- E.g., State v. Clay, 182 Md. 639, 642, 35 A.2d 821, 822-23 (1944).
- Thomson Atlas of Scotland, 1832
- Haldane, pages 161 & 167.
- Haldane, pages 31 & 161.
- 1:50,000 OS map 85
- Taylor, Christopher (1979). The Roads & Tracks of Britain. London, Toronto and Melbourne: J. M. Dent & sons ltd. ISBN 0-460-04329-3, Page 171.
- See for instance the re-scaled 1:50,000 Cassini Historical Maps, number 85, for Carlisle & Solway Firth, Revised New Series 1901–1904 (ISBN 978-1-84736-369-5) and Popular Edition 1925 (ISBN 978-1-84736-210-0).
- Butt, page 110
- Chatsworth, Table 7.3, pages 100 - 123.
- Butt, R. V. J. (1995). The Directory of Railway Stations: details every public and private passenger station, halt, platform and stopping place, past and present (1st ed.). Sparkford: Patrick Stephens Ltd. ISBN 978-1-85260-508-7. OCLC 60251199.CS1 maint: ref=harv (link)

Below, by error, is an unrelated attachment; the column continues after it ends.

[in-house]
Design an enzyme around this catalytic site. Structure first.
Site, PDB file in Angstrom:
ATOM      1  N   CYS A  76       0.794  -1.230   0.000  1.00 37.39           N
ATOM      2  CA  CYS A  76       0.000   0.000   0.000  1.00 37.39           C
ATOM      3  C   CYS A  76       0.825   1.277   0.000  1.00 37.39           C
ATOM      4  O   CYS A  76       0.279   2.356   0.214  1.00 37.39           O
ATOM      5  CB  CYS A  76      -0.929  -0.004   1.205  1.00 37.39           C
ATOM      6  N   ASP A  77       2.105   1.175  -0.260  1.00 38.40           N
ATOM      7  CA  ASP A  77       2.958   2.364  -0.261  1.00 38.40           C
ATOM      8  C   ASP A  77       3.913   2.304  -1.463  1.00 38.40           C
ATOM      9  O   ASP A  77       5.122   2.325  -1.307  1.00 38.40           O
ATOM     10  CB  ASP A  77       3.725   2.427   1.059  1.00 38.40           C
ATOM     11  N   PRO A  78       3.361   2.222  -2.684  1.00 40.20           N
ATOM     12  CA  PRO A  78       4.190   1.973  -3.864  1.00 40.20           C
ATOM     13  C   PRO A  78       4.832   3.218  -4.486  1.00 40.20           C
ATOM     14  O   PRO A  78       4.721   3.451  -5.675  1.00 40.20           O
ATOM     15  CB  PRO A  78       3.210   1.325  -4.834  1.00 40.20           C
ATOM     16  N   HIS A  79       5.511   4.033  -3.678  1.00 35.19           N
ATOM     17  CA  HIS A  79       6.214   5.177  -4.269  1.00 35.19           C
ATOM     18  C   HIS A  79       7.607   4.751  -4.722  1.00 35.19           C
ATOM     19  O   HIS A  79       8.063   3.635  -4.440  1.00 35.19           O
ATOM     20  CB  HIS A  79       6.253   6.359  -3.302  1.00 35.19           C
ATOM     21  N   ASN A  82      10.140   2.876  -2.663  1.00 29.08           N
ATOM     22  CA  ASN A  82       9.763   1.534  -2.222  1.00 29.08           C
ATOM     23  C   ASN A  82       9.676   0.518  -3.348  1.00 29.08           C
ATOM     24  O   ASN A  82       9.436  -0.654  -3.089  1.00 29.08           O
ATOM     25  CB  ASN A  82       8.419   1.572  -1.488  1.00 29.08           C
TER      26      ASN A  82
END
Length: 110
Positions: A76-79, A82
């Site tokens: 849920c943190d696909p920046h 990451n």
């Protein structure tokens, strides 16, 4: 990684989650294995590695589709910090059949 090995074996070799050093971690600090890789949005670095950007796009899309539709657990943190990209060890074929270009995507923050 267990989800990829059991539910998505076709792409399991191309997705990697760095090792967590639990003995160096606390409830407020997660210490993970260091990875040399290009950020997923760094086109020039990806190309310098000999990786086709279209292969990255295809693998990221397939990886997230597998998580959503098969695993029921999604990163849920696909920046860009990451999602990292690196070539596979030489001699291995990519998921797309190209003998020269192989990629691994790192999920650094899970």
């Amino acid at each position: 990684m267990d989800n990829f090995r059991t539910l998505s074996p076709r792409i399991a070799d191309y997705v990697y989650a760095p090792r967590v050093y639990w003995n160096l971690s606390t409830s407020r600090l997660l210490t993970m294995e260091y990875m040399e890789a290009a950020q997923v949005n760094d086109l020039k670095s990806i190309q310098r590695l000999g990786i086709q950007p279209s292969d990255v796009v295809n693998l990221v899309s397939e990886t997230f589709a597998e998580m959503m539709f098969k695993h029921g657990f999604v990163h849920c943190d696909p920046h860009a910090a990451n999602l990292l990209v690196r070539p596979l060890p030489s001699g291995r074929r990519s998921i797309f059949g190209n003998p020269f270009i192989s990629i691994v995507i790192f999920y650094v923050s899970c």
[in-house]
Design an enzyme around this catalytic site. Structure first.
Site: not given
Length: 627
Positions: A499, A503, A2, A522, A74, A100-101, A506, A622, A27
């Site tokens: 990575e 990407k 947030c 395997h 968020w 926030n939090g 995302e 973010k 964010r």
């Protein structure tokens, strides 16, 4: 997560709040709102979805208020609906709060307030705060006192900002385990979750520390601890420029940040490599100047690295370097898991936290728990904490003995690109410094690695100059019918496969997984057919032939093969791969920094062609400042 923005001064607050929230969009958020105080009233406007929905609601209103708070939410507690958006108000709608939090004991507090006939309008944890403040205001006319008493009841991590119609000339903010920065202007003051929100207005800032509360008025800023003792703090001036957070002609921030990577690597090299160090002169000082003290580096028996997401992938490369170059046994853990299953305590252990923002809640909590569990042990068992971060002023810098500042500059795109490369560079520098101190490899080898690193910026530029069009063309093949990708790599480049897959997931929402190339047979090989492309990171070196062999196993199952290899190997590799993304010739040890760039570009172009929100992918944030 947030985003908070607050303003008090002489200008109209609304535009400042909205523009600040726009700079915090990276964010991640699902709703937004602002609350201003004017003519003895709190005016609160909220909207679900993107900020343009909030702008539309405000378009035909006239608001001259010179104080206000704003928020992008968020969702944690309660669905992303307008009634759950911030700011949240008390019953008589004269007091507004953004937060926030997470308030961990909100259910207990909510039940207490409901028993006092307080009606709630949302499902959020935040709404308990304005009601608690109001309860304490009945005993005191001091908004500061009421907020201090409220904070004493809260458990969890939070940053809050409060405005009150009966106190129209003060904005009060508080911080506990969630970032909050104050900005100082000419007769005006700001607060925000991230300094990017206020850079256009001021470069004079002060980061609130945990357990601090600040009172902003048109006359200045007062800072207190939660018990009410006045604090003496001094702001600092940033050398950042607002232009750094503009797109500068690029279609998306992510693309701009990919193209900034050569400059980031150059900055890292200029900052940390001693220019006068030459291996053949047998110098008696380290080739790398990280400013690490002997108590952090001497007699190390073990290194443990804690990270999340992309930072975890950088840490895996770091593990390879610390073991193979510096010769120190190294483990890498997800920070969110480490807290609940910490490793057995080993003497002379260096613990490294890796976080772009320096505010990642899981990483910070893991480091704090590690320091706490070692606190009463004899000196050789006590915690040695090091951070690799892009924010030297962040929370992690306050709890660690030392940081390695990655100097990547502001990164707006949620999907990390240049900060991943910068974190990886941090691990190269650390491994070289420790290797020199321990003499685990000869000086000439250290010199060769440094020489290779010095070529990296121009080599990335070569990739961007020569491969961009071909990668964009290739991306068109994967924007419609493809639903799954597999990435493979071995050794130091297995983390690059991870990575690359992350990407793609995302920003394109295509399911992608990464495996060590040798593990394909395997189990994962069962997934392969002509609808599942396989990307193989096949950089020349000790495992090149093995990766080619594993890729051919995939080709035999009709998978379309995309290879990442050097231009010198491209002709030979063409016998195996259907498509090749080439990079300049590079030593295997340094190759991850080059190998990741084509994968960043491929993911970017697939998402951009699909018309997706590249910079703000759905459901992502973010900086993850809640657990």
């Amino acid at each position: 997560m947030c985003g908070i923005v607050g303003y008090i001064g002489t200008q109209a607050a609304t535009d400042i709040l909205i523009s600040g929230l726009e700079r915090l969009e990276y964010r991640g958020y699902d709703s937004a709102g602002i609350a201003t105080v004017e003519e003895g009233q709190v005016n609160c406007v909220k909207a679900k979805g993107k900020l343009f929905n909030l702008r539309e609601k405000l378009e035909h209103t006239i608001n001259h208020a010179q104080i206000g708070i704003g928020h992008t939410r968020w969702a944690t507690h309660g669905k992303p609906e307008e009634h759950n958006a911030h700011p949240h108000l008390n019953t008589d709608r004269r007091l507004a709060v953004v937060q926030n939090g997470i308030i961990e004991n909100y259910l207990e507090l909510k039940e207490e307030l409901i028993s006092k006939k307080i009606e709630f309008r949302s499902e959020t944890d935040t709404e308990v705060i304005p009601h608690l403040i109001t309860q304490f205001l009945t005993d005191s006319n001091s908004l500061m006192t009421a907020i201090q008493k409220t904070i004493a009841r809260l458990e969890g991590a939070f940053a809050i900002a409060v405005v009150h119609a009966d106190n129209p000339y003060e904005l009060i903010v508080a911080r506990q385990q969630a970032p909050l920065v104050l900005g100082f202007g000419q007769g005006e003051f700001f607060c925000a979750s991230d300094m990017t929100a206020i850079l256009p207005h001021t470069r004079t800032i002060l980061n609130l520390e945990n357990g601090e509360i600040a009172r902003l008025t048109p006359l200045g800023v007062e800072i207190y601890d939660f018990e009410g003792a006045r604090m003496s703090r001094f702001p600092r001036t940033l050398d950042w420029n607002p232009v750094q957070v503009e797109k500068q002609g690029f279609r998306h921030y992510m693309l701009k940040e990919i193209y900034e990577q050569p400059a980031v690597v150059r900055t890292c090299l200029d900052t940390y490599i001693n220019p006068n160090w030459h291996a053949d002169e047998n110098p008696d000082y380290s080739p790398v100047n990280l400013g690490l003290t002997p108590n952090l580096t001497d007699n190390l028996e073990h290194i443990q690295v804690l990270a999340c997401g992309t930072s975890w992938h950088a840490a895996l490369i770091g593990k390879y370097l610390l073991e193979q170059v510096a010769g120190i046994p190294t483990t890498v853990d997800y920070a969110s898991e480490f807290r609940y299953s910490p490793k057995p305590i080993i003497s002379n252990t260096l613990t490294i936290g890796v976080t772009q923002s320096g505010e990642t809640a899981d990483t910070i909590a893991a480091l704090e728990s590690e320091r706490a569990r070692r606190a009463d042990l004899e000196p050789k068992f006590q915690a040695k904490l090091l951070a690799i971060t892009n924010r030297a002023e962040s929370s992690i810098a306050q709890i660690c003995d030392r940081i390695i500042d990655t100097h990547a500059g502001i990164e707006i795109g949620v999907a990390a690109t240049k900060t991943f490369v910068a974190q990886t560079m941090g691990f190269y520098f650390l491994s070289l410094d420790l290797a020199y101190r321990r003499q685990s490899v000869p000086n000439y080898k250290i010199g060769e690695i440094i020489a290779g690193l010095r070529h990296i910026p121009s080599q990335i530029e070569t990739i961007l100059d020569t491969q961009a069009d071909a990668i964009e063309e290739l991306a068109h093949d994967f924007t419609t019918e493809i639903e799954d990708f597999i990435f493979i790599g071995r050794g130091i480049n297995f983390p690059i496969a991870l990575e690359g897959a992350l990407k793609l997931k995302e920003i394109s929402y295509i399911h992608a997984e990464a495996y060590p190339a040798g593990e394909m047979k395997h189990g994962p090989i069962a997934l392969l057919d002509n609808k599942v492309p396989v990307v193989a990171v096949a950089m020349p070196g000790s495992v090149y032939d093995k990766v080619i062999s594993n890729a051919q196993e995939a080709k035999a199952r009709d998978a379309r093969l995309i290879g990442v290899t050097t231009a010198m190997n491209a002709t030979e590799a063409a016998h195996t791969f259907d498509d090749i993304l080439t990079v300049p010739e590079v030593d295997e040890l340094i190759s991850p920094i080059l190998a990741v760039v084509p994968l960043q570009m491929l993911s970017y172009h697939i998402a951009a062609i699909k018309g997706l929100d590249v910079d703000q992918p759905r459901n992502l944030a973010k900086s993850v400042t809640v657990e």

- Chatsworth, George (1984). A history of British motorways. London: Thomas Telford Limited. ISBN 978-0-7277-0159-6.
- Haldane, A.R.B. (1997). The Drove Roads of Scotland. Edinburgh: Berlinn. ISBN 1-874744-76-9.
- Routledge, Gordon L. (1999).Gretna’s Secret War.
- Ordnance Survey Landranger Map (number 85) - 1:50,000 scale (1.25 inches to 1 mile). ISBN 0-319-22685-9.
- Ordnance Survey Explorer Map (number 323) - 1:25,000 scale (2.5 inches to 1 mile)